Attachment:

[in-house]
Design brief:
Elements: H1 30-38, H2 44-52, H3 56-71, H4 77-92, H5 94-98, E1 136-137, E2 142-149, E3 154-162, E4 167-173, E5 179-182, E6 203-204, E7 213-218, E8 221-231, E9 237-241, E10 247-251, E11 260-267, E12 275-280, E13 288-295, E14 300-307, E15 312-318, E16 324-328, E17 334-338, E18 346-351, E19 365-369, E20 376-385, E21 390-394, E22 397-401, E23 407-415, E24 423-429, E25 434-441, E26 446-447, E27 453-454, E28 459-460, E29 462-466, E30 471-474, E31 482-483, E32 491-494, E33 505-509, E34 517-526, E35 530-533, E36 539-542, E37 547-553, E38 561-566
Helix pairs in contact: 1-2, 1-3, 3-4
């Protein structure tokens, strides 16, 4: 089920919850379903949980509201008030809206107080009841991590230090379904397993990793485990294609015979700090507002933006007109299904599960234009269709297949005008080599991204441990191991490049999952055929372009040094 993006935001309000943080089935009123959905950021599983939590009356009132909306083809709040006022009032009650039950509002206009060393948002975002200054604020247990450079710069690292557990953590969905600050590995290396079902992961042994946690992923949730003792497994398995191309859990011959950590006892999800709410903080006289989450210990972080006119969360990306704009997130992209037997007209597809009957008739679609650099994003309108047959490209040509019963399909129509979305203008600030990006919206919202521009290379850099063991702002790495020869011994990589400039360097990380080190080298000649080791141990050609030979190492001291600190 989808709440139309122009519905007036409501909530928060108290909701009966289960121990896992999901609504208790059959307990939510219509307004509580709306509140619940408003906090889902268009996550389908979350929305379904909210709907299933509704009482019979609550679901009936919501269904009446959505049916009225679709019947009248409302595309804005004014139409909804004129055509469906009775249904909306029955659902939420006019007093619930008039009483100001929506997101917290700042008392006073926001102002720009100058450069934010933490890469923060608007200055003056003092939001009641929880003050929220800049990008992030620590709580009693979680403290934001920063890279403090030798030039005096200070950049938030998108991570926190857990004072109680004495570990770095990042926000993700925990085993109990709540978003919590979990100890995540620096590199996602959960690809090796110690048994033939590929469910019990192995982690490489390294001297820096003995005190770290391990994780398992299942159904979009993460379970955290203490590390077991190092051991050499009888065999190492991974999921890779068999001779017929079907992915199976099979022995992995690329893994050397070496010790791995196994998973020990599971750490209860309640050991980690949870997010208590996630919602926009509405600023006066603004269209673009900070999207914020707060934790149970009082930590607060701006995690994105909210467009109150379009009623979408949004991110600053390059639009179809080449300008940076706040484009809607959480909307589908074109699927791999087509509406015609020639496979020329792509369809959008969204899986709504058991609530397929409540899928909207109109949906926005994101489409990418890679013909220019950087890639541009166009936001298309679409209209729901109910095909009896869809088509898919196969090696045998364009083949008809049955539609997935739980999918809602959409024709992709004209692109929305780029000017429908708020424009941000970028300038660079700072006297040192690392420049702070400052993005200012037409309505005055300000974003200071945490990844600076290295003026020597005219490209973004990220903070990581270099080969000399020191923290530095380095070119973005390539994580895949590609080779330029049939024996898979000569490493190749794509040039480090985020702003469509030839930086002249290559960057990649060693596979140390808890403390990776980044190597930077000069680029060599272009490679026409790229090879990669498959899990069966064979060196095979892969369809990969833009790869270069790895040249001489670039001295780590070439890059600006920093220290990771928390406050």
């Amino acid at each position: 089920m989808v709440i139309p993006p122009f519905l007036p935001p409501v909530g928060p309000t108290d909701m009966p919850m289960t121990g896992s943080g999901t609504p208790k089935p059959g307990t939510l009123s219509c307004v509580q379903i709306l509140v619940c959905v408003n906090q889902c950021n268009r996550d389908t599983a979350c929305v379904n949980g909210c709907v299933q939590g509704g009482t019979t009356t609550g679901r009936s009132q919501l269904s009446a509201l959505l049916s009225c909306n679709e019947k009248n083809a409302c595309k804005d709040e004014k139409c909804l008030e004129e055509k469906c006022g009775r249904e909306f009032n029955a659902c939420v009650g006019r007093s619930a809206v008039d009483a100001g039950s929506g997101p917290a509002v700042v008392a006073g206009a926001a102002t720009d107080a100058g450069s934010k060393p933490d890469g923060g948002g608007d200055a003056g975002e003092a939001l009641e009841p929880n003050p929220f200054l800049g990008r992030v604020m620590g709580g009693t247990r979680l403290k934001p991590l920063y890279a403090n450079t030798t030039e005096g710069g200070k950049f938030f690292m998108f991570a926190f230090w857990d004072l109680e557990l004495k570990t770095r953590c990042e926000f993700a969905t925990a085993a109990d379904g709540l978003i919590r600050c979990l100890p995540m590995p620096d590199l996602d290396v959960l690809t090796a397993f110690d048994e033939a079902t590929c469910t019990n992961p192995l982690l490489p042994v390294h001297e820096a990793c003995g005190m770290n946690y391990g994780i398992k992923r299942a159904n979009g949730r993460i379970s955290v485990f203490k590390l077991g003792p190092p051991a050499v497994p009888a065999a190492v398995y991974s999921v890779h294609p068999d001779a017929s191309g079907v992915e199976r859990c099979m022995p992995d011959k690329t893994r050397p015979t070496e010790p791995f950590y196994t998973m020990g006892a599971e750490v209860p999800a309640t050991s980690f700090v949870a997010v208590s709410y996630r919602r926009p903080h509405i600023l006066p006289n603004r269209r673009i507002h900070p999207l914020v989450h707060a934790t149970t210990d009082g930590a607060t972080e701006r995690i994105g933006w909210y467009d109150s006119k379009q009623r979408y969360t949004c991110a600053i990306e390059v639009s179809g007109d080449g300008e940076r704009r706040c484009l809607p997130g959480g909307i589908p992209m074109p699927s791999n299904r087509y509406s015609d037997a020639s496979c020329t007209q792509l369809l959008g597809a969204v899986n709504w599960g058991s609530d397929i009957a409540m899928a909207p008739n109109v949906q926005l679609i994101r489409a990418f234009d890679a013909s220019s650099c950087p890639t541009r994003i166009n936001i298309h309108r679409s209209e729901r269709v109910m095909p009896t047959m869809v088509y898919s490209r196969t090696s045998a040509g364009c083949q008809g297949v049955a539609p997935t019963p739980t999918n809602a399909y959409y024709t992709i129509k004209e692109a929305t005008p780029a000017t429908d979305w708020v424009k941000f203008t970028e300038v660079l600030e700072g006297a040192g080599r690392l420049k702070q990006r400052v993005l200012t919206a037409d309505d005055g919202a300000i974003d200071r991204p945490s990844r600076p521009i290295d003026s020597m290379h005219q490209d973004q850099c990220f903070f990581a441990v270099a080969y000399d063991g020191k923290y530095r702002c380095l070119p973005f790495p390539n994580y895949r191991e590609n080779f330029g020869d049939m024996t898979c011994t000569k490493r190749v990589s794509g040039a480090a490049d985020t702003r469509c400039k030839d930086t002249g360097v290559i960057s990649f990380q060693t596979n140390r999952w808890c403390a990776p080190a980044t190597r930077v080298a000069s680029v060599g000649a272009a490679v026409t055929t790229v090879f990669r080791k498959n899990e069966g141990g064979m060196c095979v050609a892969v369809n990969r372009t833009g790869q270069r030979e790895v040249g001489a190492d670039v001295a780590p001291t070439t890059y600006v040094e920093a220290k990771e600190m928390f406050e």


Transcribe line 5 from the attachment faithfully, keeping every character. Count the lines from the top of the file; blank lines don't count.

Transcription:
């Protein structure tokens, strides 16, 4: 089920919850379903949980509201008030809206107080009841991590230090379904397993990793485990294609015979700090507002933006007109299904599960234009269709297949005008080599991204441990191991490049999952055929372009040094 993006935001309000943080089935009123959905950021599983939590009356009132909306083809709040006022009032009650039950509002206009060393948002975002200054604020247990450079710069690292557990953590969905600050590995290396079902992961042994946690992923949730003792497994398995191309859990011959950590006892999800709410903080006289989450210990972080006119969360990306704009997130992209037997007209597809009957008739679609650099994003309108047959490209040509019963399909129509979305203008600030990006919206919202521009290379850099063991702002790495020869011994990589400039360097990380080190080298000649080791141990050609030979190492001291600190 989808709440139309122009519905007036409501909530928060108290909701009966289960121990896992999901609504208790059959307990939510219509307004509580709306509140619940408003906090889902268009996550389908979350929305379904909210709907299933509704009482019979609550679901009936919501269904009446959505049916009225679709019947009248409302595309804005004014139409909804004129055509469906009775249904909306029955659902939420006019007093619930008039009483100001929506997101917290700042008392006073926001102002720009100058450069934010933490890469923060608007200055003056003092939001009641929880003050929220800049990008992030620590709580009693979680403290934001920063890279403090030798030039005096200070950049938030998108991570926190857990004072109680004495570990770095990042926000993700925990085993109990709540978003919590979990100890995540620096590199996602959960690809090796110690048994033939590929469910019990192995982690490489390294001297820096003995005190770290391990994780398992299942159904979009993460379970955290203490590390077991190092051991050499009888065999190492991974999921890779068999001779017929079907992915199976099979022995992995690329893994050397070496010790791995196994998973020990599971750490209860309640050991980690949870997010208590996630919602926009509405600023006066603004269209673009900070999207914020707060934790149970009082930590607060701006995690994105909210467009109150379009009623979408949004991110600053390059639009179809080449300008940076706040484009809607959480909307589908074109699927791999087509509406015609020639496979020329792509369809959008969204899986709504058991609530397929409540899928909207109109949906926005994101489409990418890679013909220019950087890639541009166009936001298309679409209209729901109910095909009896869809088509898919196969090696045998364009083949008809049955539609997935739980999918809602959409024709992709004209692109929305780029000017429908708020424009941000970028300038660079700072006297040192690392420049702070400052993005200012037409309505005055300000974003200071945490990844600076290295003026020597005219490209973004990220903070990581270099080969000399020191923290530095380095070119973005390539994580895949590609080779330029049939024996898979000569490493190749794509040039480090985020702003469509030839930086002249290559960057990649060693596979140390808890403390990776980044190597930077000069680029060599272009490679026409790229090879990669498959899990069966064979060196095979892969369809990969833009790869270069790895040249001489670039001295780590070439890059600006920093220290990771928390406050």